By this author
news December 05, 2015
History lives on through interactive holography
Major advances in holography are the foundation of a project to preserve stories of Holocaust survivors for future generations as an interactive, personal experience.
news October 24, 2015
How Knut’s disease is leading to medical breakthroughs
The death of famous polar bear Knut and revolutionary research into the psychiatric effects of autoimmune disease.
news November 14, 2015
The BRCA1 gene and science in the courtroom
The High Court’s decision against patents on isolated genes raised questions about how non-expert judges can rule on science.
news October 10, 2015
Using sniffer dogs to diagnose prostate and other cancers
Studies suggesting dogs can detect cancer may lead to innovative early detection technologies.
news September 19, 2015
Feeding the world with microbacterial agriculture
The answer to the problem of feeding the growing global population may be microscopic.
news August 01, 2015
Mr Universe, Neil deGrasse Tyson
Astrophysicist Neil deGrasse Tyson, presenter of the TV series Cosmos, has always had his eyes on the heavens.
news April 18, 2015
Wind turbine syndrome answers blowin’ in the wind
Anti-wind farm groups insist the turbines are making people sick, but new studies suggest a surprisingly different cause.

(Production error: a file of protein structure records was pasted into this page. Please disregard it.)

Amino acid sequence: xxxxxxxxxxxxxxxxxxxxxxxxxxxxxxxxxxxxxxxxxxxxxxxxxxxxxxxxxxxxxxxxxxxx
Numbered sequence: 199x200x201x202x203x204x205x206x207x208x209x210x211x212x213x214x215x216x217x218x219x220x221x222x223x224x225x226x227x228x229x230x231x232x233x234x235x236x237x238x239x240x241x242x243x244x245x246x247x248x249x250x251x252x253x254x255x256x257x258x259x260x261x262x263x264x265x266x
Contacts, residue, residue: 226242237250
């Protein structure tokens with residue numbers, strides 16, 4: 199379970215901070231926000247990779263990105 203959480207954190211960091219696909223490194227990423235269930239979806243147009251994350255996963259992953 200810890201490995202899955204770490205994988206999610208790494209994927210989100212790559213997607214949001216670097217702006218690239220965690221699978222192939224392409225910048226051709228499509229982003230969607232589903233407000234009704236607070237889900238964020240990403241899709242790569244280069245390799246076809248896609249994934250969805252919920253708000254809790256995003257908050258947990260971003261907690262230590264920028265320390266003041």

news March 28, 2015
Sex, drugs and clinical trials
A preference for male lab rats in clinical trials skews new drugs towards effectiveness in men.
news February 21, 2015
Finetuning gene therapy
Researchers are edging closer to reliable gene therapy, providing a revolution in healthcare.
news January 24, 2015
Global norming with geoengineering
Climate researchers are turning their minds to Plan B – manipulating the atmosphere to engineer a return to liveable conditions.
news November 15, 2014
The great G spot debate
Continued debate over the existence of the G spot and even vaginal orgasms reflects a lack of solid science about women’s bodies.
news October 25, 2014
Cancer-eating bacteria a throwback to old-time medicine
Cancer researchers have turned to a largely forgotten treatment developed in the 1890s, injecting bacteria into tumours.